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June 14, 1967 - Image 2

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Michigan Daily, 1967-06-14

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Seventy-Sixth Year
EDITED AND MANAGED BY STUDENTS OF THE UNTVERSITY OF MICcHIAN'
UNDER AUTHORITY OF BOARD IN CONTROL OF STUDENT PUBLICATIONS

r. a.

- ROGER RAPOPORT-
'She's Not Crazy

., u- -

ere P ntin a2Ale 4 2,ANN O MICH.
Trruth win pMau~ MAYNARD ST., ANARBOR, Mc.

NEWs PHONE: 764-05521

Editorials printed in The Michigan Daily express the individual opinions of staff writers
or the editors. This must be nioted in all reprints.

WEDNESDAY, JUNE 14, 1967

NIGHT EDITOR:

PAT O'DONOHUE

1

An Hour With Muhammad Ali

m. I

Muhammad Ali is one of today's
most controversial personalities. His re-
fusal to enter the armed forces because
of his intense moral and religious be-
liefs has made him a symbol to to-
day's youth; vigorously chastised by
those who support 'the 'present sys-
tem, and just as zealously defended by
those who look beyond the system to
the rights and freedoips of the indi-
vidual. In either case, one is either for
or against him: there is no middle
ground.
During an interview in his room at
Detroit's Sheraton-Cadillac Hotel, I be-
came increasingly aware of the real
Muhammad Al.
Not the wild-emotion-irrational-
popoff showmanship of Cassius Clay,
but the intense, dedicated, intelligent
and sincere personality of a man deep-
ly concerned with the world in gen-
eral, his race and himself in particu-
lar.
He felt, that because of his pending
court cases and appeals, within the
Selective Service System, he could not
discuss his personal problems concern-
ing the draft, but he appeared eager
to discuss and explain his philosophy
of religion and his views on civil rights.
The interview lasted close to an hour,
and because Ali was kind enough to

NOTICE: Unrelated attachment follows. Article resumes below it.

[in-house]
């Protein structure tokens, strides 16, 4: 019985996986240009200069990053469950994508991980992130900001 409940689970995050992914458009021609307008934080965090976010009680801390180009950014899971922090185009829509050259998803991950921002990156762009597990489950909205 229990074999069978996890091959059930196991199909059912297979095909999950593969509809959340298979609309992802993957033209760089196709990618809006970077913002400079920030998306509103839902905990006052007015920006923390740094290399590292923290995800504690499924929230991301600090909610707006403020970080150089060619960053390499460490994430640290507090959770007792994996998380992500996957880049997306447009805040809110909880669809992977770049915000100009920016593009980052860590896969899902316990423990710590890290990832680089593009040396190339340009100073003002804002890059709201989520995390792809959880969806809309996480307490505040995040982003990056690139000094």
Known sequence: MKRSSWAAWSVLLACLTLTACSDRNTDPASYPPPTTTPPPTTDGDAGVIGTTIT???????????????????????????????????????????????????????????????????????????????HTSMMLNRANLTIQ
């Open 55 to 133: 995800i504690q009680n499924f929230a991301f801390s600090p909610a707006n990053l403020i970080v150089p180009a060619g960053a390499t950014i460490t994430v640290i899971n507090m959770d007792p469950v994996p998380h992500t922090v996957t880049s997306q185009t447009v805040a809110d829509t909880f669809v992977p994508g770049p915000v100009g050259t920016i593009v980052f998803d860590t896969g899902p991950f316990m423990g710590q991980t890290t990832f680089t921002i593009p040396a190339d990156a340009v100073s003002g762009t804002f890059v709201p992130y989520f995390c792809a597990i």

allow the use of a tape recorder, every-
-thing said is printed verbatim.
The following is the first part of a
text of selected portions of the inter-
view. No changes, or corrections, were
made in the champ's style of speech.
--JOHN LOTTIER
DAILY: How would you like to begin?
Ali: This is the heavyweight cham-
pion of the whole world, the fastest,
the quickest, the most classiest, skillful,
scientific creative fighter that was
ever born. The onliest sport, the onliest
prophet that ever hit the boxing game:
Muhammad All, live, in color reporting
to you from ABC's Wide World of
Sports with Howard Cosell.
Daily: More seriously now. What do
you feel your religion offers you?
Ali: Well, number one: peace, peace
of mind; being happy, a knowledge of
self, a knowledge of my history, a
knowledge of others, a knowledge of
the times that we're living in today,
and also it offers me a knowledge of
living clean, and offers me freedom,
justice, and equality, it offers me a
'unity and brotherhood with some 750
million more people, that I couldn't'
cling to and recognize as brothers un-
der the Baptist-Christian religion, and
it offers me the brotherly love and
unity of some 500 more thousand Mus-
lims throughout the United States.
And I could go on days talking about
the things it offers me. It offers me a
dignity and race respect, it teachers
me what to do and what not to do,
where to go and where not to go, and
this keeps me from getting into all the
mob fights and riots and the racial
conflicts that we have with the forced
integrators and it keeps me out of that
bunch, and it offers me, as 'I said,
peace of mind, freedom, justice and
equality.
Daily: Turning the question around,
what do you feel you can offer to your
religion?,
Ali: Well, all I can offer to my re-
ligion, and all of us who would like
to go down in history as doing some-
thing great, I'd like to do what I am
doing; ministering, and traveling the
country and ministering to youth and
teaching them about the clean living,
no smoking, no drinking, no chasing

around after all-type women and liv-
ing a clean life morally and spiritual-
ly, and this is what I like to offer
converts to it. And teaching people to
obey the laws of the land as long as
it don't conflict with their religious be-
liefs, and also what I'd like to offer
is the spirit of the self-help program
of our leader and teacher the Hon-
orable Elijah Mohammed, of doing for
self, quit begging and asking the whites
to clean up the ghettos and the slums,
and get out and clean up your own
slums and your own ghettos; quit beg-
ging people and make an effort to'
clean up yourself. How can we expect
to be the equal of our master when

a, A
+ 1967, The Rcgisr
1 and Tribune S ndicate ,

MT. VERNON, Ala.-"I'm not
crazy," said Miss Inez Pruitt. "But
if they keep this up, I'm sure
going to end up crazy."
As Miss Pruitt spoke, she was
sitting in a small visiting room in
Searcy State Mental Hospital. She
had been brought to the room un-
der guard, like a prisoner, and
nurses kept coming by to check
on her.
The 44-year-old Negro lady was
committed to the mental hospital
last week, after an incident in
the Mobile County welfare office.
Miss Pruitt was not examined by
a psychiatrist before she was put
away. Her sister, employer, and
friends opposed committing her.
But Probate Judge John L. Moore,
acting on the testimony of three